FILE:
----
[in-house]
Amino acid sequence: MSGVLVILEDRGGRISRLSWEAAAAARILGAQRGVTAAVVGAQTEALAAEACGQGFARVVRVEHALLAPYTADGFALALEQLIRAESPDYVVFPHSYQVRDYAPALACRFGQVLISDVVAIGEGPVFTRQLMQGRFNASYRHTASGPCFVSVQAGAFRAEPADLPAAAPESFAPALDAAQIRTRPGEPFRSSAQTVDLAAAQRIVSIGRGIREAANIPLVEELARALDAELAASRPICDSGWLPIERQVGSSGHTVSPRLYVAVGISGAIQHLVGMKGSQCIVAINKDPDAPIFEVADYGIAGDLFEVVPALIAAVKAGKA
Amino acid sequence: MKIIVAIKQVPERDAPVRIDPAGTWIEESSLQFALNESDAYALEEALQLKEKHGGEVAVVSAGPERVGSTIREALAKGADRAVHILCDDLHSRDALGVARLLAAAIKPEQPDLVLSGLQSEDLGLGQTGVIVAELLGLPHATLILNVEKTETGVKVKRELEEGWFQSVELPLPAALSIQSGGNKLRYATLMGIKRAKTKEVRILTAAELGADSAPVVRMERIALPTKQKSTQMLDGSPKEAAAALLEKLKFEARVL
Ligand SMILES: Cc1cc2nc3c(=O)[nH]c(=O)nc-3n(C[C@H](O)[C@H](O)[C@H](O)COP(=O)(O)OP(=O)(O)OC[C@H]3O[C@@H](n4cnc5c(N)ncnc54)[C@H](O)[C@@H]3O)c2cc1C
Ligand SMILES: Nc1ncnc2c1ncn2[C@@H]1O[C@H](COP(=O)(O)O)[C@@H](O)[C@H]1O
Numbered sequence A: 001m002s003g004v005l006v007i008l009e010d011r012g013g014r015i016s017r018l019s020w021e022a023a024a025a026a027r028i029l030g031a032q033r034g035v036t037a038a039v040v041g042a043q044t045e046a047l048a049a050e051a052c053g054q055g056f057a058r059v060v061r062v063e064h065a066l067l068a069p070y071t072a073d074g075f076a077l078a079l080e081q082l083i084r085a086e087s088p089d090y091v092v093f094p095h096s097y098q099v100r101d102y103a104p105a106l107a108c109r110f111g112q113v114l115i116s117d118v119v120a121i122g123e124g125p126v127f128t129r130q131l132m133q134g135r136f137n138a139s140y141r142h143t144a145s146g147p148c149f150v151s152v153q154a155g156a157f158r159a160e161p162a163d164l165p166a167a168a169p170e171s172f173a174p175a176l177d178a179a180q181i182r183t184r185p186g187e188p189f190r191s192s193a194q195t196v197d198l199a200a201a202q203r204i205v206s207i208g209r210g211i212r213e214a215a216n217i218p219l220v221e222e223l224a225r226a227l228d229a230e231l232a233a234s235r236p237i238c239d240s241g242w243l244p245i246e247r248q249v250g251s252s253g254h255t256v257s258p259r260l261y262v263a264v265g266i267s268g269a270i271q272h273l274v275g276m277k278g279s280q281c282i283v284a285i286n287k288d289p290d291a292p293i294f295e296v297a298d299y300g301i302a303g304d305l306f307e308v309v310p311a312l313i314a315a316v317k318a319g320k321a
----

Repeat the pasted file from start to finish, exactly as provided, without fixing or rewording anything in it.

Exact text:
[in-house]
Amino acid sequence: MSGVLVILEDRGGRISRLSWEAAAAARILGAQRGVTAAVVGAQTEALAAEACGQGFARVVRVEHALLAPYTADGFALALEQLIRAESPDYVVFPHSYQVRDYAPALACRFGQVLISDVVAIGEGPVFTRQLMQGRFNASYRHTASGPCFVSVQAGAFRAEPADLPAAAPESFAPALDAAQIRTRPGEPFRSSAQTVDLAAAQRIVSIGRGIREAANIPLVEELARALDAELAASRPICDSGWLPIERQVGSSGHTVSPRLYVAVGISGAIQHLVGMKGSQCIVAINKDPDAPIFEVADYGIAGDLFEVVPALIAAVKAGKA
Amino acid sequence: MKIIVAIKQVPERDAPVRIDPAGTWIEESSLQFALNESDAYALEEALQLKEKHGGEVAVVSAGPERVGSTIREALAKGADRAVHILCDDLHSRDALGVARLLAAAIKPEQPDLVLSGLQSEDLGLGQTGVIVAELLGLPHATLILNVEKTETGVKVKRELEEGWFQSVELPLPAALSIQSGGNKLRYATLMGIKRAKTKEVRILTAAELGADSAPVVRMERIALPTKQKSTQMLDGSPKEAAAALLEKLKFEARVL
Ligand SMILES: Cc1cc2nc3c(=O)[nH]c(=O)nc-3n(C[C@H](O)[C@H](O)[C@H](O)COP(=O)(O)OP(=O)(O)OC[C@H]3O[C@@H](n4cnc5c(N)ncnc54)[C@H](O)[C@@H]3O)c2cc1C
Ligand SMILES: Nc1ncnc2c1ncn2[C@@H]1O[C@H](COP(=O)(O)O)[C@@H](O)[C@H]1O
Numbered sequence A: 001m002s003g004v005l006v007i008l009e010d011r012g013g014r015i016s017r018l019s020w021e022a023a024a025a026a027r028i029l030g031a032q033r034g035v036t037a038a039v040v041g042a043q044t045e046a047l048a049a050e051a052c053g054q055g056f057a058r059v060v061r062v063e064h065a066l067l068a069p070y071t072a073d074g075f076a077l078a079l080e081q082l083i084r085a086e087s088p089d090y091v092v093f094p095h096s097y098q099v100r101d102y103a104p105a106l107a108c109r110f111g112q113v114l115i116s117d118v119v120a121i122g123e124g125p126v127f128t129r130q131l132m133q134g135r136f137n138a139s140y141r142h143t144a145s146g147p148c149f150v151s152v153q154a155g156a157f158r159a160e161p162a163d164l165p166a167a168a169p170e171s172f173a174p175a176l177d178a179a180q181i182r183t184r185p186g187e188p189f190r191s192s193a194q195t196v197d198l199a200a201a202q203r204i205v206s207i208g209r210g211i212r213e214a215a216n217i218p219l220v221e222e223l224a225r226a227l228d229a230e231l232a233a234s235r236p237i238c239d240s241g242w243l244p245i246e247r248q249v250g251s252s253g254h255t256v257s258p259r260l261y262v263a264v265g266i267s268g269a270i271q272h273l274v275g276m277k278g279s280q281c282i283v284a285i286n287k288d289p290d291a292p293i294f295e296v297a298d299y300g301i302a303g304d305l306f307e308v309v310p311a312l313i314a315a316v317k318a319g320k321a